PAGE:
NVIDIA’s Lucrative AI Accelerator H100 Amid Soaring Demand
In a striking revelation, it has been reported that NVIDIA is reaping profits of up to 1000% on each specialized graphics accelerator, the H100, designed for artificial intelligence tasks. According to Tae Kim, a journalist at Barron, citing analysis by consulting firm Raymond James, this considerable profit margin comes despite the recent surge in demand for these accelerators.
Currently, the average cost of an NVIDIA H100 accelerator ranges from $25,000 to $30,000, depending on the region and supplier. However, these figures pertain to the more affordable PCIe version of the solution. Raymond James estimates that the production cost of the graphics processor used in the accelerator, along with additional materials like circuit boards and other components, totals around $3320. It’s worth noting that the depth of the cost analysis and the inclusion of factors such as research and development expenses, engineering salaries, production, and logistics costs remain unspecified in Kim’s report.
Developing specialized accelerators demands significant time and resources. According to Glassdoor data, the average annual salary for a hardware engineer at NVIDIA is approximately $202,000. This figure represents only one engineer, but it’s evident that the creation of products like the H100 involved collaboration among numerous specialists, requiring thousands of hours of work. These factors should ideally be factored into the final product cost.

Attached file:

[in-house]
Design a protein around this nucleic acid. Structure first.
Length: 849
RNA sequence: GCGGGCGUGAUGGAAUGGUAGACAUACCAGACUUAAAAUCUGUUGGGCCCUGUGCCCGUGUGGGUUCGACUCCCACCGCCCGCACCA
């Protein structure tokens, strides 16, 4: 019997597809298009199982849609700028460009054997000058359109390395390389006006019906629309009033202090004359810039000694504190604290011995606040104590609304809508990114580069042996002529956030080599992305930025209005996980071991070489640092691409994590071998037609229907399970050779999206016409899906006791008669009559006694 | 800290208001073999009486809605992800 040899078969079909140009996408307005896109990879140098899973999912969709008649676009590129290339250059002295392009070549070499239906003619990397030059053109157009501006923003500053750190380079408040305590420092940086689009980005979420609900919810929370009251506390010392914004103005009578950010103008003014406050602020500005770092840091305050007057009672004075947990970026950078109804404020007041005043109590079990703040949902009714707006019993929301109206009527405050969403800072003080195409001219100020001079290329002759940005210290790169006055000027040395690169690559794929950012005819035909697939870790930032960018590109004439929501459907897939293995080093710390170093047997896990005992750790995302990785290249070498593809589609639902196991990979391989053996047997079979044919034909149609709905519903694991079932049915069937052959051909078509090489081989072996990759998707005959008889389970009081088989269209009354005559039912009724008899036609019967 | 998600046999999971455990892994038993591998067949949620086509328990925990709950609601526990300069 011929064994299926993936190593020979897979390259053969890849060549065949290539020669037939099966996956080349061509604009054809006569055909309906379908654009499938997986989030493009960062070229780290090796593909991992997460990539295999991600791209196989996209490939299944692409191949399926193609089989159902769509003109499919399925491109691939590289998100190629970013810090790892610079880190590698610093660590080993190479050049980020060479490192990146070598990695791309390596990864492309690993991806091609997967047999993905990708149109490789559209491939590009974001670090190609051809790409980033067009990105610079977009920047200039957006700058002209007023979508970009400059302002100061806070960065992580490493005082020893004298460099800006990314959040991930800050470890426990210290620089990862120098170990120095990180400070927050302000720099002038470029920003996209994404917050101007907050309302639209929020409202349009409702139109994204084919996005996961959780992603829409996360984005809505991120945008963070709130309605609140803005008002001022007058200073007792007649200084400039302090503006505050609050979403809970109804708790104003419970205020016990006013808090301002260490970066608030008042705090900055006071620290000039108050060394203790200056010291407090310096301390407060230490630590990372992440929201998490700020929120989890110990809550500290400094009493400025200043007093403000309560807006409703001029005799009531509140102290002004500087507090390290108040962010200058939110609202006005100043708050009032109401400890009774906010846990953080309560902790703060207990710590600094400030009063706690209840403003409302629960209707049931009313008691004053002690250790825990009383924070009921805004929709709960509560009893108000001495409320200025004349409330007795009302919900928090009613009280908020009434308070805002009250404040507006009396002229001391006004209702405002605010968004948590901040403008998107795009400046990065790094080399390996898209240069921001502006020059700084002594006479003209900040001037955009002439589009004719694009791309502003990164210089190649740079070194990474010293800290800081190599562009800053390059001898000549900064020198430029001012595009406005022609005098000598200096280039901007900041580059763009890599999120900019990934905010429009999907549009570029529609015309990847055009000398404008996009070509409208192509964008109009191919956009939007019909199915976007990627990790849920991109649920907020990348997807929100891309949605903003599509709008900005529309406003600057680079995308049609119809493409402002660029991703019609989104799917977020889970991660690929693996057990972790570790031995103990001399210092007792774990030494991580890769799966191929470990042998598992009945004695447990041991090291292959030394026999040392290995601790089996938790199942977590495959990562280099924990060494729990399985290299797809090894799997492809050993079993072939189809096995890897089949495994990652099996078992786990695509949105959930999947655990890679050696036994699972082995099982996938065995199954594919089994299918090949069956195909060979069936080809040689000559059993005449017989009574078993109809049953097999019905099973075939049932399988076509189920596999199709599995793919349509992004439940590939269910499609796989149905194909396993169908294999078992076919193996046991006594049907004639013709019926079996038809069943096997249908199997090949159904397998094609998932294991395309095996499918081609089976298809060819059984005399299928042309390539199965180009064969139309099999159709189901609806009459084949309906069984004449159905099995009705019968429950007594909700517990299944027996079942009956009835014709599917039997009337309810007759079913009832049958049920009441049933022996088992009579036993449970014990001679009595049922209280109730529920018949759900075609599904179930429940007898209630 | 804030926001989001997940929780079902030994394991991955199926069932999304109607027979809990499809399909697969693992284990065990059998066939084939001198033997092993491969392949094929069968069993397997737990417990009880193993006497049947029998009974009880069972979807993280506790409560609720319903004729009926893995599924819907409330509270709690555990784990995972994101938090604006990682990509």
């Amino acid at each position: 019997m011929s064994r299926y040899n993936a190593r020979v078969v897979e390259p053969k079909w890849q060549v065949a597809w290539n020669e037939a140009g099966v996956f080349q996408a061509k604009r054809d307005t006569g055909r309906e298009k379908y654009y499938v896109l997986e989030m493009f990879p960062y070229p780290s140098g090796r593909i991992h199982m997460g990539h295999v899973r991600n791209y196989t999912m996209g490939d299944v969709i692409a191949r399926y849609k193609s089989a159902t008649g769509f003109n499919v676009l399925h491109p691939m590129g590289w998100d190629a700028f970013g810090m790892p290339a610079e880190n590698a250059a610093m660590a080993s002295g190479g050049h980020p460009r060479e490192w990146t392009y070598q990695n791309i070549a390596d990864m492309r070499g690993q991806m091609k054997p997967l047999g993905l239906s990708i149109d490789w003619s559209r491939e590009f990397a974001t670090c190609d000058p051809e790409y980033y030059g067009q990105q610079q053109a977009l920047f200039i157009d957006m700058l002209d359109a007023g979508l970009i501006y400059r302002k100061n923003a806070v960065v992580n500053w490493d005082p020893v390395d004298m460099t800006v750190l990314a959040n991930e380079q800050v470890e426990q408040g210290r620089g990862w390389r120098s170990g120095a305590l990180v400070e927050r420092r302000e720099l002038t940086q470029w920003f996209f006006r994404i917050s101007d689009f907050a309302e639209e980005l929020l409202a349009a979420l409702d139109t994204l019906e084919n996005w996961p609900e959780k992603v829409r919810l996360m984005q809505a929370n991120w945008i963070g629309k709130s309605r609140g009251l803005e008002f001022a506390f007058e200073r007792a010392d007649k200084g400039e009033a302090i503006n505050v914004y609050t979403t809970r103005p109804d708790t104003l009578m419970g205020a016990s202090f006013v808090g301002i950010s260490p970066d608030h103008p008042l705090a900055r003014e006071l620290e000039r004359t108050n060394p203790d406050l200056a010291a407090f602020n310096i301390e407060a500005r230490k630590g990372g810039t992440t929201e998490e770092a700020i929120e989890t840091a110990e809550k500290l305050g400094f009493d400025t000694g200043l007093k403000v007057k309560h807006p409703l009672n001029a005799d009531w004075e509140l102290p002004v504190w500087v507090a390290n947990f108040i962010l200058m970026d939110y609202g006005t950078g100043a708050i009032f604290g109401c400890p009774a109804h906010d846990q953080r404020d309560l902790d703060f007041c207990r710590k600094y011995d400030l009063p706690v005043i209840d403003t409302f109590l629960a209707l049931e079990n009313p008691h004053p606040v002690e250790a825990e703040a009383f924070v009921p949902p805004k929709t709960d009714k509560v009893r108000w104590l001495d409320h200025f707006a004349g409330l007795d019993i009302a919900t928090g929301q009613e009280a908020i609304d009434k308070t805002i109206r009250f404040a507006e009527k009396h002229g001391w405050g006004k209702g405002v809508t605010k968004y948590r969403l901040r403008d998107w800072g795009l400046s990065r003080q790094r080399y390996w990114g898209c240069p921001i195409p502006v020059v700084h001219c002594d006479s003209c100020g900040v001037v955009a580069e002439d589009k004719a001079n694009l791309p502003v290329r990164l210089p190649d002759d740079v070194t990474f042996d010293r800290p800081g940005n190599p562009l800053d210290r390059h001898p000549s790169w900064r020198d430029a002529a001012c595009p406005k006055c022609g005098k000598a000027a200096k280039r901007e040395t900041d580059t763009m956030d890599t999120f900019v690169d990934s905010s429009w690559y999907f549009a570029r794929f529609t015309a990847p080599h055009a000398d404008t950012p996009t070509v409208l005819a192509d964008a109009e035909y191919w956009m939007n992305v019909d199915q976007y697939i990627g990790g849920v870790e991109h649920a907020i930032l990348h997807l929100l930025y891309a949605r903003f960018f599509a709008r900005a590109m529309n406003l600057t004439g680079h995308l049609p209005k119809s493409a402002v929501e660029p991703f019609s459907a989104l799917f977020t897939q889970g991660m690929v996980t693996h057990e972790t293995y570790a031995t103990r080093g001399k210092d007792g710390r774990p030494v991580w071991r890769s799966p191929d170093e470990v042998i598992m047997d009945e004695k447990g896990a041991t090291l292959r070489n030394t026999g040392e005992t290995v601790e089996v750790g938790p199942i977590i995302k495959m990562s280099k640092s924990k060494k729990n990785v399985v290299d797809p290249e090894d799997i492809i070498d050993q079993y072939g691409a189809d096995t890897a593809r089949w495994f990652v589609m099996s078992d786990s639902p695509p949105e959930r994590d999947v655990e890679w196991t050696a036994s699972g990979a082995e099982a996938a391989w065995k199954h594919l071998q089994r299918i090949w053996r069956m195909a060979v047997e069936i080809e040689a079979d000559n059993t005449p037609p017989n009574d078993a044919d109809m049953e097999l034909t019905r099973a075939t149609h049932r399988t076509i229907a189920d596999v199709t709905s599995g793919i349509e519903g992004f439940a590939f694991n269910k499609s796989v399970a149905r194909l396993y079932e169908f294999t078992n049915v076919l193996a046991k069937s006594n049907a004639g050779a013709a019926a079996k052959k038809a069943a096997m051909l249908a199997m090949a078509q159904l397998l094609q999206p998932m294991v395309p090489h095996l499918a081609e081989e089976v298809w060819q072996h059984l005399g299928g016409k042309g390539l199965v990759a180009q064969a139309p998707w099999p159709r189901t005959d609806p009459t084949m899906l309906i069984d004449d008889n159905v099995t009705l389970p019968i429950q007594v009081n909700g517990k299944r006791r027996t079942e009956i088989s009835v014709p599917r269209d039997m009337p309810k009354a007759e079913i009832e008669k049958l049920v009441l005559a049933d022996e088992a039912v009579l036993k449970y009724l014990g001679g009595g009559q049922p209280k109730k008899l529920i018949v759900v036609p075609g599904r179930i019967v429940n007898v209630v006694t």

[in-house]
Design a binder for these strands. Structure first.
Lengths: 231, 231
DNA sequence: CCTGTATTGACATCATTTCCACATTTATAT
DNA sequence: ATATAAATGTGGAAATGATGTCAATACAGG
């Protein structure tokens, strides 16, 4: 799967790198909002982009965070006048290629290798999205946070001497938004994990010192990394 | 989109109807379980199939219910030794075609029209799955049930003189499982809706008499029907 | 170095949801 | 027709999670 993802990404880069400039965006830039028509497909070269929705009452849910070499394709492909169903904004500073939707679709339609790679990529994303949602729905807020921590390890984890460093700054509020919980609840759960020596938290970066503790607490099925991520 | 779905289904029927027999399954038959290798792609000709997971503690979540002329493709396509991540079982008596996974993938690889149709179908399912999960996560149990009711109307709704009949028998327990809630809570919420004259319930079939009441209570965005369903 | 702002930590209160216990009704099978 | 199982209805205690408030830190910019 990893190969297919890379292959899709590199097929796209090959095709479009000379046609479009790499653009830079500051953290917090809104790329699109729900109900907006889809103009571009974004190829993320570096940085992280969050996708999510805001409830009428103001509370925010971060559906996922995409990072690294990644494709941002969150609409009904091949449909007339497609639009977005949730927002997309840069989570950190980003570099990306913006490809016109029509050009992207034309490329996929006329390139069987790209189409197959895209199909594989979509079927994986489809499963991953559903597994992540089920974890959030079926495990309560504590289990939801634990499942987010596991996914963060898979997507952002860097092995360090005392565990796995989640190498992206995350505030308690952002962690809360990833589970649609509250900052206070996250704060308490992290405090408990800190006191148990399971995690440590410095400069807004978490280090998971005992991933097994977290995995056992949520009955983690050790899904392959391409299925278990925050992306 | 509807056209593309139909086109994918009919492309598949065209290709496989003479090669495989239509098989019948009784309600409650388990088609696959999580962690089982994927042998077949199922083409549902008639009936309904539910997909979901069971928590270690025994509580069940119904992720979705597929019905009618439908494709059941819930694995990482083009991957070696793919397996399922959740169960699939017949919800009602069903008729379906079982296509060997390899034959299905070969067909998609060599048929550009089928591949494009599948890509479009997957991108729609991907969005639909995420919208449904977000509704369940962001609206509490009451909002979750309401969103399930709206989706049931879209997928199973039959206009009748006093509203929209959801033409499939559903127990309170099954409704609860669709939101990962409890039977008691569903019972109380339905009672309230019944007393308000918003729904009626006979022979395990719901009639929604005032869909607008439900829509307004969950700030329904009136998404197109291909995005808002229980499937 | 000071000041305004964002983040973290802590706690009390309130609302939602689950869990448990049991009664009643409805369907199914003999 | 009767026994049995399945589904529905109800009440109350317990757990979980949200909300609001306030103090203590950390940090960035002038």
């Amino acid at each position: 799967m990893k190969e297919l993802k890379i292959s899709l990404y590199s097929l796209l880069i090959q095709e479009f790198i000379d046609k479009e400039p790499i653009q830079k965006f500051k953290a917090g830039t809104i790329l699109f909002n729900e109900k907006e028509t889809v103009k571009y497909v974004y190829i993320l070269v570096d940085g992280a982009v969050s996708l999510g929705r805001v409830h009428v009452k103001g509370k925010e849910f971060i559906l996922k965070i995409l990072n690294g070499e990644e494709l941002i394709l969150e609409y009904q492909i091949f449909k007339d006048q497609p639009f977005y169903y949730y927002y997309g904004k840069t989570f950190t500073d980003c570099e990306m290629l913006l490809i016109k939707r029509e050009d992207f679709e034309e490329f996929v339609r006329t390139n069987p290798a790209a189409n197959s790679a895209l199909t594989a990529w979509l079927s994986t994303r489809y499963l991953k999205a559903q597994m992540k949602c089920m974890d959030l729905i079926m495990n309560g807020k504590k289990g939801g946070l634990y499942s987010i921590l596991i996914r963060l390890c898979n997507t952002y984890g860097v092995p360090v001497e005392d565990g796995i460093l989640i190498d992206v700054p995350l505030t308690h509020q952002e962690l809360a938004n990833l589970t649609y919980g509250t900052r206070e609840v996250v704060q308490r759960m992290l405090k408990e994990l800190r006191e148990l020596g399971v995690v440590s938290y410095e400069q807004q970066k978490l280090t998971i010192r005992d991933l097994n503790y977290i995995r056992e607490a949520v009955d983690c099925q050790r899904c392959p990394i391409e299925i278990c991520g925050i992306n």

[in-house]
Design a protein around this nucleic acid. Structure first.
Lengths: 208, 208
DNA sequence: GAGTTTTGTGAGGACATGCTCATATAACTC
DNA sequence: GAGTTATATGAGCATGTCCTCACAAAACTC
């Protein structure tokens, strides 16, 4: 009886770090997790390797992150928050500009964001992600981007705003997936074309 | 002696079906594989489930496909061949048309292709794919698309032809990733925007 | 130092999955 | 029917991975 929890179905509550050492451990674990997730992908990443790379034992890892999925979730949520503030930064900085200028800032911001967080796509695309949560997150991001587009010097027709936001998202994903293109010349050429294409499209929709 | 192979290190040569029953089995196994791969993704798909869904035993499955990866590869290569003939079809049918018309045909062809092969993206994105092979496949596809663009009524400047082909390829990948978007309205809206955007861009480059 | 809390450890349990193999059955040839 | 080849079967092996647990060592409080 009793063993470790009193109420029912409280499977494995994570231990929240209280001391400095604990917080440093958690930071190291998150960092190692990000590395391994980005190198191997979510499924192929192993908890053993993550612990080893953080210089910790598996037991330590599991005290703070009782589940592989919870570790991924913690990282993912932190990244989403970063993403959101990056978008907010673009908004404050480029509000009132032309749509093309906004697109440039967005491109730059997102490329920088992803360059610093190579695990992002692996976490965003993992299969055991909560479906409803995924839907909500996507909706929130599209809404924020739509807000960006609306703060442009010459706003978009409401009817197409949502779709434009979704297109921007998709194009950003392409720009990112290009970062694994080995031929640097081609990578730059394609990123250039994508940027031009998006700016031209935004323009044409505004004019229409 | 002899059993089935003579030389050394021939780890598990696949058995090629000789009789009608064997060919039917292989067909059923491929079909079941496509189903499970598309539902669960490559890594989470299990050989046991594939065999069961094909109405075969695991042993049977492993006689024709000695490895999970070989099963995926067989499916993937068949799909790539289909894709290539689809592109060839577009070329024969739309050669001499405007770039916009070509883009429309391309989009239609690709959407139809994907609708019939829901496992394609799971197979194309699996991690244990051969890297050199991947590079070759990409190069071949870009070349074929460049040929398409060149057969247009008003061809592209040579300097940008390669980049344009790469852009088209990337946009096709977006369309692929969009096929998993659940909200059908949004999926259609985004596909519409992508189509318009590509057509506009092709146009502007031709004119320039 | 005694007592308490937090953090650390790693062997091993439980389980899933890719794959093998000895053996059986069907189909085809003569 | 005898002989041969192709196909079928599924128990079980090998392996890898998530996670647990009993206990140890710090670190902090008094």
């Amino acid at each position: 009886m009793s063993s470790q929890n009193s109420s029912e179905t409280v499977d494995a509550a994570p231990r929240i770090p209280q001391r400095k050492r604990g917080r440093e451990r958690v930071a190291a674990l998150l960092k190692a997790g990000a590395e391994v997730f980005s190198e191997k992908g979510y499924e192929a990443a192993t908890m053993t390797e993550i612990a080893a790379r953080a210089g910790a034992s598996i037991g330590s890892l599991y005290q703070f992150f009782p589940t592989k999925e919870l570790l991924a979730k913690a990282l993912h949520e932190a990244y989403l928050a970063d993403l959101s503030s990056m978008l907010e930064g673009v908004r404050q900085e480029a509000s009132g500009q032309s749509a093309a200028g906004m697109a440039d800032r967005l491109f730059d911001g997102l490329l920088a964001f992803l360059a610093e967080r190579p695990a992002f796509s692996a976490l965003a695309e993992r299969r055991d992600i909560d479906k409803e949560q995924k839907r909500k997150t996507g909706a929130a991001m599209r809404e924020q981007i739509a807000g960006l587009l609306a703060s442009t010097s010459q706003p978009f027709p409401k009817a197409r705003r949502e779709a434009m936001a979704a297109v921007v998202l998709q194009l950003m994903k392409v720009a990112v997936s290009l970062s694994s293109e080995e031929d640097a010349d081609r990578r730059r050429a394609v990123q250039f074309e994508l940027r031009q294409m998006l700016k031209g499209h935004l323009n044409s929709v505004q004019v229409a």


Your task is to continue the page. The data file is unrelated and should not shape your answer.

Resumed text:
Nonetheless, NVIDIA currently holds a dominant position in the supply of hardware for AI computations. The demand for their specialized accelerators is so high that they are often sold out long before they reach store shelves. Suppliers indicate that the waiting list for these accelerators stretches into the second quarter of 2024. With analysts estimating the AI computation market to reach $150 billion by 2027, NVIDIA’s future seems promising.
However, the surging demand for AI accelerators has negative repercussions for the broader tech market. Analyst reports indicate a decline in global sales of traditional high-performance computing (HPC) servers. The primary reason for this downturn is the shift of attention by hyperscalers and data center operators towards AI-optimized systems, utilizing solutions like the NVIDIA H100. Consequently, DDR5 memory manufacturers have had to recalibrate their expectations regarding the adoption of the new RAM standard. Data center operators are actively investing in AI accelerators rather than new memory standards. This trend suggests that DDR5 adoption might only reach parity with DDR4 by the third quarter of 2024.
- I'm Vasyl Kolomiiets, a seasoned tech journalist regularly contributing to global publications. Having a profound background in information technologies, I seamlessly blended my technical expertise with my passion for writing, venturing into technology journalism. I've covered a wide range of topics including cutting-edge developments and their impacts on society, contributing to leading tech platforms.
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